Quite a lot farther away in terms of tone and mechanics I am continaully reminded of Psychonauts, and I don’t think it’s just cause I have an obsession with that game. The art style feels a lot like that of Psychonauts only with all the warmth and glow of that title bled out of it. The other thing that prompts this is the setting. Mystery Lake is the abandoned home of a camp, just like Whispering Rock from Psychonauts, with cabins and piers and fishing huts. And probably a giant hulking lungfish too, somewhere under all that ice. It doesn’t tell you much about the game except that I really like that art style.

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The train tracks end at a tunnel that is filled with rocks and wrecked train cars, blocking your further progress. How convenient.

I haven’t accomplished much survival-wise in my three days. I have really just been living from hand to mouth and figuring out the basics. I am left wondering, though, if there is enough gameplay to hold my interest or if it will descend into grinding and crafting the same ressources over and over. Your ability to interact with the surroundings is severely limited. You can’t jump, you can’t reach anything and you can’t move objects if you can’t pick them up. Maybe I haven’t figured out how yet, maybe it’s just because of EA. As it is it feels rather limited. As an example your only allowable interaction with a comfy chair is to smash it to bits for firewood. Mental and physical comforts such as sitting don’t enter into the equation. And despite my limited playtime I have already encountered the borders of the sandbox such as the rockfilled train tunnel which makes me wonder just how long before I have seen it all.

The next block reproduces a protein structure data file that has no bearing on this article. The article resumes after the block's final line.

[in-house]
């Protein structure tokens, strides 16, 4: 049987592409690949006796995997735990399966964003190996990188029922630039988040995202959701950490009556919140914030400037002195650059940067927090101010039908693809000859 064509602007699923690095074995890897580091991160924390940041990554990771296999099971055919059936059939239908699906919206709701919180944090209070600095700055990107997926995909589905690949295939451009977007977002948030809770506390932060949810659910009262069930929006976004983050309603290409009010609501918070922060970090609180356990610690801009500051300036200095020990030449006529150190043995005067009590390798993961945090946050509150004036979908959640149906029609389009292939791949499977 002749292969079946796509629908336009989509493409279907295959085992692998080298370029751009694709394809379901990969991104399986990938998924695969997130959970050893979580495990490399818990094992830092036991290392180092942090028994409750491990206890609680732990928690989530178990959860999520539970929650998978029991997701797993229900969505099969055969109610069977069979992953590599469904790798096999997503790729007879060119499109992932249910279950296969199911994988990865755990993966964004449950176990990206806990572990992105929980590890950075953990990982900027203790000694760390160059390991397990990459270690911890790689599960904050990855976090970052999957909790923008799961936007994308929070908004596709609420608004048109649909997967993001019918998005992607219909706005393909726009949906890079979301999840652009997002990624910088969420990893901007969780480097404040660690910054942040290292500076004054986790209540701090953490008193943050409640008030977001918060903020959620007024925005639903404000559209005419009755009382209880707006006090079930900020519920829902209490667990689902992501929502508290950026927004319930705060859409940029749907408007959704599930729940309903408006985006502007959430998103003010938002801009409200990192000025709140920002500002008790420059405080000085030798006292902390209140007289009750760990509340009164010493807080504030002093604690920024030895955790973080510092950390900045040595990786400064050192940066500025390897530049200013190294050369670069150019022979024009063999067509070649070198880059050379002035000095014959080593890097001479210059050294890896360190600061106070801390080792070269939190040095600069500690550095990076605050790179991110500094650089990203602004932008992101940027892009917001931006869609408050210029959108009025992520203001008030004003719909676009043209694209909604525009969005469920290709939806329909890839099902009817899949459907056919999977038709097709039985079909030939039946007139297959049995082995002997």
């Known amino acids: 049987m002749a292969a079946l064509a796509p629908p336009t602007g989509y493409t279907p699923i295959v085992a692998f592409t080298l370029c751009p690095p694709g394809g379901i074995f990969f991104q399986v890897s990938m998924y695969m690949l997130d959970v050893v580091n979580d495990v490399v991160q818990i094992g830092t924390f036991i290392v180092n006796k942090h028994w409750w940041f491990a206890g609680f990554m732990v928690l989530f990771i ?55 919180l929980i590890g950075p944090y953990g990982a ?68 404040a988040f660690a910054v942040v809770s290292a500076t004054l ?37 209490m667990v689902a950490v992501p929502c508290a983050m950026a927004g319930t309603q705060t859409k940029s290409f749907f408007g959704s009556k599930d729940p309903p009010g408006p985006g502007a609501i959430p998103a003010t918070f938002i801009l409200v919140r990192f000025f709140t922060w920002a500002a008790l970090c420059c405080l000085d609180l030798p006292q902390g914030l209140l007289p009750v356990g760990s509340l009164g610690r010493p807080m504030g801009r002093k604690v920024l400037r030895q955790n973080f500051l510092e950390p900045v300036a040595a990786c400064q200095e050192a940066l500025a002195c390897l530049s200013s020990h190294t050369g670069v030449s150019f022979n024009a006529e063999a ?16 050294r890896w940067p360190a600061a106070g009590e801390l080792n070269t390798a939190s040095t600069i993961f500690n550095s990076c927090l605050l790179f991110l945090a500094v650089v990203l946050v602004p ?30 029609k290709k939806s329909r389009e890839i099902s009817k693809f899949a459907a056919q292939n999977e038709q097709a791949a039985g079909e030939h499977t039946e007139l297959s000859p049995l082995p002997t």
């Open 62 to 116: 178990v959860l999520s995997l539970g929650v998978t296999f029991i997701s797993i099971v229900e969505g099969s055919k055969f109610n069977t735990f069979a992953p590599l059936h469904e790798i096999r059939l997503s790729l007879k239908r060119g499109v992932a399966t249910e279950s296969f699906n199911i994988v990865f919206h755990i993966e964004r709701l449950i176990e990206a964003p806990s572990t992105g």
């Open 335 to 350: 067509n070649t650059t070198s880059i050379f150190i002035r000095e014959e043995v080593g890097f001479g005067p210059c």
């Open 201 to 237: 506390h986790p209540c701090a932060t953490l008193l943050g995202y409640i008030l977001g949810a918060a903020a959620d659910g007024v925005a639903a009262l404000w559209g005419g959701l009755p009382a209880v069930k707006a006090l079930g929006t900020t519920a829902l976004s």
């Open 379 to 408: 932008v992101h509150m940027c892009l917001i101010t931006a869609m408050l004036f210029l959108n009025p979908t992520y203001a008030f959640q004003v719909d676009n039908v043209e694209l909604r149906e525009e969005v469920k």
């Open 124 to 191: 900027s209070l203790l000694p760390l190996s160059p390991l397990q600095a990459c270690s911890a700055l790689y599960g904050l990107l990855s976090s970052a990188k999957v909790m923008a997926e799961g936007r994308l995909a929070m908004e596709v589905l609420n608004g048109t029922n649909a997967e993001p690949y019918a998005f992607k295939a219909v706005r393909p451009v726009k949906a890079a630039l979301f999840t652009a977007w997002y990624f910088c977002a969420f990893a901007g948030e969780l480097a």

It seems to me that Minecraftbuts either go for more and more complex crafting, allowing you to build increasingly intricate machinery and tools or they simply allow you to get comfortable, living an almost Sims style life in the middle of the wilderness. Of course Minecraft itself allows for both playstyles including a third option, namely exploration. What makes exploration in Minecraft somewhat unsatisfying is of course that it’s all procedurally generated and so very samey-samey. And so, apart from discovering new biomes and finding horses and other things they don’t have where you spawn from, there isn’t much point.

I think that this third option is where The Long Dark has the most potential. We don’t have much of a story yet – some geomagnetic shift is the cause of your plane crash and civlization’s end – but when we do, I’ll want to uncover it. You should build up your ressources and your level of sophistication in order to explore the area beyond your daily reach from base camp and discover stuff relevant to the story. Or you could allow me to build an aircraft out of scrap metal and take off, that will be fine too.

Those are my initial impressions and future hopes for The Long Dark. Which is actually pretty bright. As long as you can sleep away 12 of every 24 hours.